I have a few logo variations that I use for my business but I elected to use a signature logo that I usually use for watermarking my images before web distribution. I think the end result is fantastic, and I’d recommend you consider doing the same thing if you try out the Shiny Prints service. The signature was created for me in just 48 hours by a company called PhotoLogo, who specialize in custom hand-drawn logos for photographers. You can read more about that in my PhotoLogo review if you are thinking about getting one done yourself.
Whenever I showed this to someone it was met with a “Wow!”. Much like the quality of packaging and overall presentation, this feature really adds to the feel and experience with the product if you are looking to sell your prints to clients. In the past I have simply used a pencil to add titles, locations and dates to the back of prints, but this properly printed backstamp takes things to another level of professionalism.
Catering to Professionals
If you’re a professional who is reselling prints, give them a call or send them an email to get your account upgraded to pro pricing. I know that they are also working on a print visualization tool as well, which will allow you to mock up your prints and see them hanging in large selection of virtual rooms. I do something similar on my own website already, so it’s great to see someone thinking about how they can better assist their professional customers with sales. If you need immediate access to the tool, drop them an email and I’m sure they can help you out. Alternatively, I’ve actually written a Photoshop tutorial about creating print renderings a few years ago that’ll get you the same results if you already have images of a specific room.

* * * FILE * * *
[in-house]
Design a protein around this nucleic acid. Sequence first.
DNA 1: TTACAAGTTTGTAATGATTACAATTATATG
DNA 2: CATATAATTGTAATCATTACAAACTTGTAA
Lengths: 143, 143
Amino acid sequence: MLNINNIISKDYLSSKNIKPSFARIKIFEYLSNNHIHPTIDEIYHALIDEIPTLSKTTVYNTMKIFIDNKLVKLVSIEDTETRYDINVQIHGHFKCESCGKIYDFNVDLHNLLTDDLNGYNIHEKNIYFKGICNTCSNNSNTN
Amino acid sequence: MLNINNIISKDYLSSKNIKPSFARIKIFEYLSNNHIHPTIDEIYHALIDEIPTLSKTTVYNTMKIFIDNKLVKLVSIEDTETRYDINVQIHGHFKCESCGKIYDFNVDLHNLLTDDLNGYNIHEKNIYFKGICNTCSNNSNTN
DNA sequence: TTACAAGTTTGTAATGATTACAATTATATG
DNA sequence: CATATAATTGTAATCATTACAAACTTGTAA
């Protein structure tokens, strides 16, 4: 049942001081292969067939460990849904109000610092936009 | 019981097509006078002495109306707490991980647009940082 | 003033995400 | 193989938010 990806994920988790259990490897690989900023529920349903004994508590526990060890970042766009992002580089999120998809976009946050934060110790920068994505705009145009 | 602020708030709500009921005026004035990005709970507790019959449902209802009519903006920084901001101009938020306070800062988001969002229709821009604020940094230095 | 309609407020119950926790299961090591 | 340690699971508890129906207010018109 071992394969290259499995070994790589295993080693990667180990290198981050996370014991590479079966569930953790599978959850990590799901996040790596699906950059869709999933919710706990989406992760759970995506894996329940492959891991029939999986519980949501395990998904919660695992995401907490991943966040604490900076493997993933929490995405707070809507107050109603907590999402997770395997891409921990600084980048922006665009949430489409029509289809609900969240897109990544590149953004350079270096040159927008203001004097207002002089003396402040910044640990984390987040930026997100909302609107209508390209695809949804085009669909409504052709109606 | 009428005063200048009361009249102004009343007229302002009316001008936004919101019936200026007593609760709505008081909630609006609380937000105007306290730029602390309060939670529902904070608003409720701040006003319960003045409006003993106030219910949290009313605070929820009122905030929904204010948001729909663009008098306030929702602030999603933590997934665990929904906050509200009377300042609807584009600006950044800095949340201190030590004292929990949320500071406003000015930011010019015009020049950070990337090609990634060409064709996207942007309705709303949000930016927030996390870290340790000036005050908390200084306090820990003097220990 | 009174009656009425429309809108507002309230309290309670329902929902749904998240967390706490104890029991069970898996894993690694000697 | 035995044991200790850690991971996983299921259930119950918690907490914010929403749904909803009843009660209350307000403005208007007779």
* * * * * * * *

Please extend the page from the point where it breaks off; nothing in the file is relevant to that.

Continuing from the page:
A Question About Longevity
In the comments a reader asked about the longevity of metal prints, so I followed up with Shiny Prints and this is what they had to say:
Chromaluxe published their lab testing here. The metal prints last a long time. Obviously, direct sun will fade them at a much faster rate, the sun will fade anything. We did a sign for our previous location in this metal and did not notice any fading until we took it down over a year later. With that said, Chromaluxe does now offer an outdoor product suitable for outdoor hanging, and offer a 3 year warranty on it. We have a few sheets on hand and the results look great, same as regular Chromaluxe. Customers can order this through us but it would need to be through email or phone as we don’t currently offer it through our website.